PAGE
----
In Kabul, there were no illusions about the conditions that would ensue. “The withdrawal isn’t for our benefit,” says Mohammad Edriss, 31, who works for a foreign NGO in the Afghan capital. “There will be violence, insecurity will dramatically increase, and once again the Afghan people will start leaving Afghanistan and seeking asylum in other countries,” he says.
Many Afghans fear that the Taliban may edge closer to power without the presence of the US military. The extremist group is fighting Afghanistan’s US-backed government and already controls vast swathes of the county’s rural areas.
Fighting has surged this year, even as the Taliban engaged in on-and-off peace talks with government negotiators.
President Ashraf Ghani has said he “respects the U.S. decision,” but the speaker of Afghanistan’s parliament, Mir Rahman Rahmani, warned the country might slide into civil war. Afghans want American troops to leave, he said — just not yet.
“The withdrawal of these forces is a desire of the Afghan people, but at the moment, the conditions have not been made for this to happen. There is a possibility of the return of civil war and this will change Afghanistan into a hub of international terrorism,” Rahmani said, according to the Afghan news service Tolo News.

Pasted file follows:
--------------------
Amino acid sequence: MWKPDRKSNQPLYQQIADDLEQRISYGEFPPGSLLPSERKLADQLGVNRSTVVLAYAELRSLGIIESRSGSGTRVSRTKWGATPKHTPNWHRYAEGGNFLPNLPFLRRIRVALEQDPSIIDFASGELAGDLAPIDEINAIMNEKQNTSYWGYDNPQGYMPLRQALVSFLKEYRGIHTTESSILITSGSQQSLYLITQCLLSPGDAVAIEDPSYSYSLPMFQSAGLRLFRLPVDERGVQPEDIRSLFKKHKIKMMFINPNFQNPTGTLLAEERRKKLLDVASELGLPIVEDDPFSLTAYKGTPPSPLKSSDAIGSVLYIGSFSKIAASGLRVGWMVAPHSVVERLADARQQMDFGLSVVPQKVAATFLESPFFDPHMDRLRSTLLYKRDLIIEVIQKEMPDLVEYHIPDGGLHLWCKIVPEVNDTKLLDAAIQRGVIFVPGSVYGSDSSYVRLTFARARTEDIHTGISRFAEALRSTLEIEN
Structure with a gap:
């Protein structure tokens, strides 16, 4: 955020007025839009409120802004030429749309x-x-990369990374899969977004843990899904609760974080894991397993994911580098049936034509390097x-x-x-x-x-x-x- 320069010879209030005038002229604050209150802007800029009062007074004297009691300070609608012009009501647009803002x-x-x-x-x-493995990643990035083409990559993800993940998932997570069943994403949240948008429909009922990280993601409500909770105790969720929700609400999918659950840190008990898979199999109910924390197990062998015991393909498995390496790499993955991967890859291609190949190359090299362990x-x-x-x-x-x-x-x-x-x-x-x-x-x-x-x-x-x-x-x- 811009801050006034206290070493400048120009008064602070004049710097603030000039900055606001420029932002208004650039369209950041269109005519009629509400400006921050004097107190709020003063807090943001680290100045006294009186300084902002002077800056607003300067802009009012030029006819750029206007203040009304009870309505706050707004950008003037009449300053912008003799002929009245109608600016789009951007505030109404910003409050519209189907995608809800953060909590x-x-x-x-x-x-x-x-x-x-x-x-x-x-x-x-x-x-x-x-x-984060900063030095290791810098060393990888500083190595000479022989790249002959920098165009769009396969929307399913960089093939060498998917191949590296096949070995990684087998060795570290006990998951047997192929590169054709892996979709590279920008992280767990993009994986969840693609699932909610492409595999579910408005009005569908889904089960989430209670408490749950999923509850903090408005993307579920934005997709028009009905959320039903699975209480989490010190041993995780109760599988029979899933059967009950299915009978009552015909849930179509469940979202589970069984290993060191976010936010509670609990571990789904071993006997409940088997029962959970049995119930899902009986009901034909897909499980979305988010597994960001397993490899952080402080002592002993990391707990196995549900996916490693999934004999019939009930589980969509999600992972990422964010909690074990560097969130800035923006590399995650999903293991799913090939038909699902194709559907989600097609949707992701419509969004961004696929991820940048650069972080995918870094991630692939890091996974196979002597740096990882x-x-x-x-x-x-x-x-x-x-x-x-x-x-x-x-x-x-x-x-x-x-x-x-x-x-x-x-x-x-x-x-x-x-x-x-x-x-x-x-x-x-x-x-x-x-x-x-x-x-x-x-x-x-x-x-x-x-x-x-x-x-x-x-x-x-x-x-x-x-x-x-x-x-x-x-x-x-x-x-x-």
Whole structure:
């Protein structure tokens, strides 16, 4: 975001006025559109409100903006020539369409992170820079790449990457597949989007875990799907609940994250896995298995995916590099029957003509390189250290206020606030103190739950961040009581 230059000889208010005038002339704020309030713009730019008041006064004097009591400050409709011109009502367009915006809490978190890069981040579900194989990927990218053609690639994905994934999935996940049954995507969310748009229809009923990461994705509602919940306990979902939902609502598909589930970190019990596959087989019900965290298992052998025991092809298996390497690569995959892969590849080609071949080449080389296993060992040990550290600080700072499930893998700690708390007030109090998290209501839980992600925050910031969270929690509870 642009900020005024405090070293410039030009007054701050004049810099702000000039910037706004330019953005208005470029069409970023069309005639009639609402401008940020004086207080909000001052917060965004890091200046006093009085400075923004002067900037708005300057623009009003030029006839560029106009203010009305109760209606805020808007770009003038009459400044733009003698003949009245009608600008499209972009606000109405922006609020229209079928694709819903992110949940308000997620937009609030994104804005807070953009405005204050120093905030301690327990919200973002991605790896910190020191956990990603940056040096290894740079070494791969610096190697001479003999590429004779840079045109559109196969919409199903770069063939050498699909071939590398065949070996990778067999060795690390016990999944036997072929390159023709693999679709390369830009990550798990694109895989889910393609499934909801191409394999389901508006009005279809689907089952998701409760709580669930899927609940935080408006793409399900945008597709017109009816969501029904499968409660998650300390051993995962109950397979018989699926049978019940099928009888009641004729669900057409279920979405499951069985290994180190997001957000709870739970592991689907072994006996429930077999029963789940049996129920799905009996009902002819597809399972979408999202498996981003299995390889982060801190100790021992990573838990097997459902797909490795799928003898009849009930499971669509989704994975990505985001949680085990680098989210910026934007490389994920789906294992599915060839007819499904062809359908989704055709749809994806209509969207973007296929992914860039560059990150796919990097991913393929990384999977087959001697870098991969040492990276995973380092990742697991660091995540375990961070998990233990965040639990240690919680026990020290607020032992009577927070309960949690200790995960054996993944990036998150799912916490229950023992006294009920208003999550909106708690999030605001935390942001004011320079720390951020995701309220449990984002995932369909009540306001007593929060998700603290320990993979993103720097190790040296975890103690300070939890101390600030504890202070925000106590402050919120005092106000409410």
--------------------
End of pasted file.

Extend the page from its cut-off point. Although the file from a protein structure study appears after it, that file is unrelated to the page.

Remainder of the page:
His concerns were echoed by Fatima Gailani, one of just four women negotiating with the Taliban for Afghanistan’s government. A “withdrawal without having a peace settled in Afghanistan is… irresponsible,” she told CNN, adding that her “greatest concern” is a civil war.
A Taliban resurgence would also jeopordize hard-won gains made for Afghan women since the group was ousted from power in 2001. Under Taliban rule in the late 1990s, girls were excluded from education and most women were not able to work or even leave the house without a male guardian.
Fawzia Ahmadi, 42, currently lectures at a private university in Balkh province in northern Afghanistan — a job she could not have dreamed of when the country was governed by the Taliban in the 1990s.
“We have bad memories of the Taliban regime,” she says. “Women were not allowed to go to school or university and we couldn’t even could go to the market alone.”
Under the western-backed Afghan government, women’s rights have been protected Ahmadi says, but the risk of backsliding looms. “(The Taliban’s) thoughts are the same as they were in 1996,” she says. “We fear for our freedom.”
One student in Kabul, however, told CNN he was confident Afghanistan’s civilian government could fend off the Taliban and preserve the country’s hard-won gains for civil society.
“Some people think Afghanistan will fall into the hands of militants after the Americans withdraw,” said Sayed Shaheer, a 20-year-old student at Kabul University, who has lived his entire life under the shadow of the American war there.
“But it’s not like that. We can rebuild our country and we’ll have peace. Our security and defense forces are stronger than before.”